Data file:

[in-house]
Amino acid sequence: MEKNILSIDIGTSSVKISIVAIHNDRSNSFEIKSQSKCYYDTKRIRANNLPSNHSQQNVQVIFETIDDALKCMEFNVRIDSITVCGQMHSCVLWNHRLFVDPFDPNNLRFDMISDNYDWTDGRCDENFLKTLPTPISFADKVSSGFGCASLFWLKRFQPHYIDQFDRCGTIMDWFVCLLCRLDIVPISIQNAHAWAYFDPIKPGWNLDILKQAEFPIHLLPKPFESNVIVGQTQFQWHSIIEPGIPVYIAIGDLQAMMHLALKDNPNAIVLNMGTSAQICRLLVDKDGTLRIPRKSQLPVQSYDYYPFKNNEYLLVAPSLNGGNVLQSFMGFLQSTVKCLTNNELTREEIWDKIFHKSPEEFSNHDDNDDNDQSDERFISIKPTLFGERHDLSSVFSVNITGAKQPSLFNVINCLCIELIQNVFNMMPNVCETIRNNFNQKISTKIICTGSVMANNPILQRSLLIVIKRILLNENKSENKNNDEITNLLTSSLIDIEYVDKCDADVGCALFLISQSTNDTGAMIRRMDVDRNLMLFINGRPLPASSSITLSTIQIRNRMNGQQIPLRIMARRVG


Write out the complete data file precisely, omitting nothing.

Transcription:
[in-house]
Amino acid sequence: MEKNILSIDIGTSSVKISIVAIHNDRSNSFEIKSQSKCYYDTKRIRANNLPSNHSQQNVQVIFETIDDALKCMEFNVRIDSITVCGQMHSCVLWNHRLFVDPFDPNNLRFDMISDNYDWTDGRCDENFLKTLPTPISFADKVSSGFGCASLFWLKRFQPHYIDQFDRCGTIMDWFVCLLCRLDIVPISIQNAHAWAYFDPIKPGWNLDILKQAEFPIHLLPKPFESNVIVGQTQFQWHSIIEPGIPVYIAIGDLQAMMHLALKDNPNAIVLNMGTSAQICRLLVDKDGTLRIPRKSQLPVQSYDYYPFKNNEYLLVAPSLNGGNVLQSFMGFLQSTVKCLTNNELTREEIWDKIFHKSPEEFSNHDDNDDNDQSDERFISIKPTLFGERHDLSSVFSVNITGAKQPSLFNVINCLCIELIQNVFNMMPNVCETIRNNFNQKISTKIICTGSVMANNPILQRSLLIVIKRILLNENKSENKNNDEITNLLTSSLIDIEYVDKCDADVGCALFLISQSTNDTGAMIRRMDVDRNLMLFINGRPLPASSSITLSTIQIRNRMNGQQIPLRIMARRVG